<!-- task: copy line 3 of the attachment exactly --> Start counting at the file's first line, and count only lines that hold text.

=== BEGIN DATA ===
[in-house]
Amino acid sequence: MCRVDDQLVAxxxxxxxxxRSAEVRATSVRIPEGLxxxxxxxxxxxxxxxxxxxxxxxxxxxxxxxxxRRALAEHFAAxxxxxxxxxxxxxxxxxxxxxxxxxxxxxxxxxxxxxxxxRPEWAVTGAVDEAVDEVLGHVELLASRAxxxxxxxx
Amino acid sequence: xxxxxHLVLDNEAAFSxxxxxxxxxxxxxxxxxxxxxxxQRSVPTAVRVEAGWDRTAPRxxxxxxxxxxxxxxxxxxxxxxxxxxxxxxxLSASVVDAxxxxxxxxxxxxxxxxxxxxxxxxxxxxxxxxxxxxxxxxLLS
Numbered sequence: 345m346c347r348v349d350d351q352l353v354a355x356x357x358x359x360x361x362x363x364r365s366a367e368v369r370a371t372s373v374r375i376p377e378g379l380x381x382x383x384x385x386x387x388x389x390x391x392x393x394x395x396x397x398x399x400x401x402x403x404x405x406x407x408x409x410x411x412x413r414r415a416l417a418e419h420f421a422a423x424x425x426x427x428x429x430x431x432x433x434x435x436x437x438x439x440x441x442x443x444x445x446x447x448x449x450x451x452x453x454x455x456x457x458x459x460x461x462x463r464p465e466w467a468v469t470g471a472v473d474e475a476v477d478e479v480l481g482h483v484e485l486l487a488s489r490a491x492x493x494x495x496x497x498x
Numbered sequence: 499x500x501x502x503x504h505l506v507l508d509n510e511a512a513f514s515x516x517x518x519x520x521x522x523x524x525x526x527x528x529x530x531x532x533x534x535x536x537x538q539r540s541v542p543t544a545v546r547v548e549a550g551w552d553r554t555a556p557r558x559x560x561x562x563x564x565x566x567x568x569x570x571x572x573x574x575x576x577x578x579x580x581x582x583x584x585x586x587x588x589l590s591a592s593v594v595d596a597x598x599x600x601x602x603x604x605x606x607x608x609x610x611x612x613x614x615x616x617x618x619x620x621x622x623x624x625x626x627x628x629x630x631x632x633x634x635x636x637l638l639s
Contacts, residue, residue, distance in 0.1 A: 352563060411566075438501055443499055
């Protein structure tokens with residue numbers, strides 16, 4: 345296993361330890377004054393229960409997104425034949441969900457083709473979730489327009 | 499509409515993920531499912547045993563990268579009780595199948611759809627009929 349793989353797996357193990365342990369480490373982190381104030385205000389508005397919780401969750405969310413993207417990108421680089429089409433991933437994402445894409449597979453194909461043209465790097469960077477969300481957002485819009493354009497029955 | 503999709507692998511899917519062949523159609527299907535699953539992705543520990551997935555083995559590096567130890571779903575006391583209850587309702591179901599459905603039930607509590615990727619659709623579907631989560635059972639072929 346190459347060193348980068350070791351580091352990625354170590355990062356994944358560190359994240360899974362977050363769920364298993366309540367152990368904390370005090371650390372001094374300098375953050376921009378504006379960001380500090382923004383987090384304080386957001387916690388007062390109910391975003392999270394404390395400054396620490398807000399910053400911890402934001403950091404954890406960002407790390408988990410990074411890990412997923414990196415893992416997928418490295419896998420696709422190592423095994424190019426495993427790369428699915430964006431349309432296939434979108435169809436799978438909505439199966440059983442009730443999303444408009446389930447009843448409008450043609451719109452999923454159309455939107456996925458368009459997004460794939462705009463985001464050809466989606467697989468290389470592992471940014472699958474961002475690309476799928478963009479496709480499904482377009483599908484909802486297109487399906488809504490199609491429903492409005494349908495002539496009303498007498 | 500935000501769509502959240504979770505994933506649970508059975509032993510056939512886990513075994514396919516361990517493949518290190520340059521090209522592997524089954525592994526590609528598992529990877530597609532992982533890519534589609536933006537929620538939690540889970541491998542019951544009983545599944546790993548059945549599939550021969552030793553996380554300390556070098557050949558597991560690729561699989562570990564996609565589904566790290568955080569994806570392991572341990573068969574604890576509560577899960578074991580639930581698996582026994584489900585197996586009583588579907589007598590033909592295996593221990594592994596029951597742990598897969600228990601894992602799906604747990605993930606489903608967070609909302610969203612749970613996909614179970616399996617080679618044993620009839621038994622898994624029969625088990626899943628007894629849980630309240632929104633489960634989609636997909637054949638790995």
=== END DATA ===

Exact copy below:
Amino acid sequence: xxxxxHLVLDNEAAFSxxxxxxxxxxxxxxxxxxxxxxxQRSVPTAVRVEAGWDRTAPRxxxxxxxxxxxxxxxxxxxxxxxxxxxxxxxLSASVVDAxxxxxxxxxxxxxxxxxxxxxxxxxxxxxxxxxxxxxxxxLLS